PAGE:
Getting a home inspection is an essential part of purchasing a home. Today I’ll go over everything you need to know about them.

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If you’re looking to purchase a home, you’ll need to be in the know about home inspections.

A home inspection is a visual inspection of all the house’s components including the structural, electrical, plumbing, roof, heating, cooling, and any other issues or moving parts that are associated with the house.

The home inspector will assess anything that’s accessible, which means no cutting through walls or taking up floors. Anything that they can see and inspect is what they will check into.

Home inspections usually take about two to six hours, depending on how big the house is. If you’re doing extra tests like well, septic, pool, and radon, those will add a little bit of extra time as well. Costs are going to vary depending on the size of your home as well. The longer the inspector is there, the more expensive it’s going to be. There will also be an additional charge for extras like the septic or pool inspections. Most of the time, the inspection company that you hire will charge you for the mechanical and structural inspection of the property, and on top of that, you’ll hire other professionals for a well, septic, pool, or any other kind of additional inspection. So, typically you’re looking at $250 to $500 with the costs of additional inspections added on top of that.

The buyer chooses which home inspector to work with. If a well, septic, or pool inspection needs to be done, the buyer is in charge of hiring someone for that as well.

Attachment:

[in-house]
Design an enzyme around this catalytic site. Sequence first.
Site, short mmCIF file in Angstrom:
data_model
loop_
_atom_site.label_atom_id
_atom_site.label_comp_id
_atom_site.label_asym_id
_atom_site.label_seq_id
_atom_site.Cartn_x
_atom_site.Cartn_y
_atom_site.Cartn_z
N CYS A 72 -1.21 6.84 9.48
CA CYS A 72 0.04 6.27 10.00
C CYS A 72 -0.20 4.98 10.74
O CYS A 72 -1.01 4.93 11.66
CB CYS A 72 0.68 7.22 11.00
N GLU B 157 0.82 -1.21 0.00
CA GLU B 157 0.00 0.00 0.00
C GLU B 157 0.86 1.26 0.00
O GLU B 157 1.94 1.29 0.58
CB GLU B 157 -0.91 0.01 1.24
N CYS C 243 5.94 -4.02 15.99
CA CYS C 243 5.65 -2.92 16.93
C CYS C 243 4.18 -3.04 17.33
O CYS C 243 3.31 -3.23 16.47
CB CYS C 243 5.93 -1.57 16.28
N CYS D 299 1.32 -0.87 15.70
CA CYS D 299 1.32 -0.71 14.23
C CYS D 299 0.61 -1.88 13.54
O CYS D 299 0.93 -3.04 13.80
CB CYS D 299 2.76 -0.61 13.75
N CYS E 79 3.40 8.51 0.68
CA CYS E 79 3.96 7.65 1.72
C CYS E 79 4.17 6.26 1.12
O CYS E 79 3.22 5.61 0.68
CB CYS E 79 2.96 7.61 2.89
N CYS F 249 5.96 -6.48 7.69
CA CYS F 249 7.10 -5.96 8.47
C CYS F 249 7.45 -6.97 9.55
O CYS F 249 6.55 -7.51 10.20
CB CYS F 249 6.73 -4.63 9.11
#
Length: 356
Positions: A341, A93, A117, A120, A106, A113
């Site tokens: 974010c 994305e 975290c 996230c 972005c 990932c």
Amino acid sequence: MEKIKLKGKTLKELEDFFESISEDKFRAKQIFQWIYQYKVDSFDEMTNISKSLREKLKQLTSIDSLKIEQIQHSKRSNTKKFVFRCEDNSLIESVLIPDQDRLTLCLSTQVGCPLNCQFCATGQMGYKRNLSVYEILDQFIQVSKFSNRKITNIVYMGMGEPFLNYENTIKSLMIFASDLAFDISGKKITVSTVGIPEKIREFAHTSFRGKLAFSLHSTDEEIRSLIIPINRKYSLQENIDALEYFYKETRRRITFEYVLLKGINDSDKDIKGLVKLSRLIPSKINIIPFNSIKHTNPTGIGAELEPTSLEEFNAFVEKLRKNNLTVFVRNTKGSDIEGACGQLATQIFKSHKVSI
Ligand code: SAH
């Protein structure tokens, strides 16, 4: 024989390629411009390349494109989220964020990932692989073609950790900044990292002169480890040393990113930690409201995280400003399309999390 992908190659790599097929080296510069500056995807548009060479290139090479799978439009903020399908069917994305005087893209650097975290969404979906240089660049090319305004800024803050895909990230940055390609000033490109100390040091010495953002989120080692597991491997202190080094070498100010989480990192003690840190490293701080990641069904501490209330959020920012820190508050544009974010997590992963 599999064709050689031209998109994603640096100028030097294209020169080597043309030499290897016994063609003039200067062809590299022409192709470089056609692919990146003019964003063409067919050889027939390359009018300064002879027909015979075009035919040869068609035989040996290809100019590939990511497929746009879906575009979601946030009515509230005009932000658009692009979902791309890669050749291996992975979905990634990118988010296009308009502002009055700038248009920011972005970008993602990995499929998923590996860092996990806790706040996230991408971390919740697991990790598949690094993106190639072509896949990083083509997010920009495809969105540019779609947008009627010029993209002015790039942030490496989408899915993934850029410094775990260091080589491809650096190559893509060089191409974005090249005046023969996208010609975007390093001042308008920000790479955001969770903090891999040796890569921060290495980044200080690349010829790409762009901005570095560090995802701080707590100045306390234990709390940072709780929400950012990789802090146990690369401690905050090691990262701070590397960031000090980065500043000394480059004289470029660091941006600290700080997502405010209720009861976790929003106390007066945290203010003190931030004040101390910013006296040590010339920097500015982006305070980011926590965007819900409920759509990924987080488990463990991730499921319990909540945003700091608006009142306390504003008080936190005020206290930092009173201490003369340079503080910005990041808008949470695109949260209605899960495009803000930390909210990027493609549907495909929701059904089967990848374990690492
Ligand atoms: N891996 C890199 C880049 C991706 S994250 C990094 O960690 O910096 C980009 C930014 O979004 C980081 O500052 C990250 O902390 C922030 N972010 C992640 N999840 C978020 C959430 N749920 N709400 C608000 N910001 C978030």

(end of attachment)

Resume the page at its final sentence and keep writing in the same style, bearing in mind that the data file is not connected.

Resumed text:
A home inspector is also going to check around the perimeter to make sure the grading is okay, check the exterior siding, roof, handrails, bricks, make sure none of the mortar is cracked, and everything else they can see.

Also, it’s important to know that your home cannot fail an inspection. Your house could have a list of 300 things to address, but that doesn’t mean it failed. It just means that there are a few more things to take care of.

On the seller’s side, a pre-inspection can be done. Pre-inspections are not as common, but if you think there may be an issue with your home, it’s a good idea to get one. That way you know up front if there are any issues with your home you need to address before putting it on the market. You can also give the buyer a list of receipts for the completed fixes that will really bode well for them.

As a buyer, there is nothing you can do to prepare for a home inspection. The house is the house, so sit back and let the home inspector do their job. As a seller, you should move anything that is going to block the inspector’s access to the components of the house they will be looking at, such as the electrical box.

After the inspection, sellers can kick back and relax. There is nothing more you can do until you get the response from the buyer and the agent. Buyers will put together a list of things they want to address with the seller and hopefully both parties will come to a nice win-win situation.

If you have any other questions about home inspectors or are looking to buy or sell a home, feel free to give me a call or send me an email. I’m more than happy to help.

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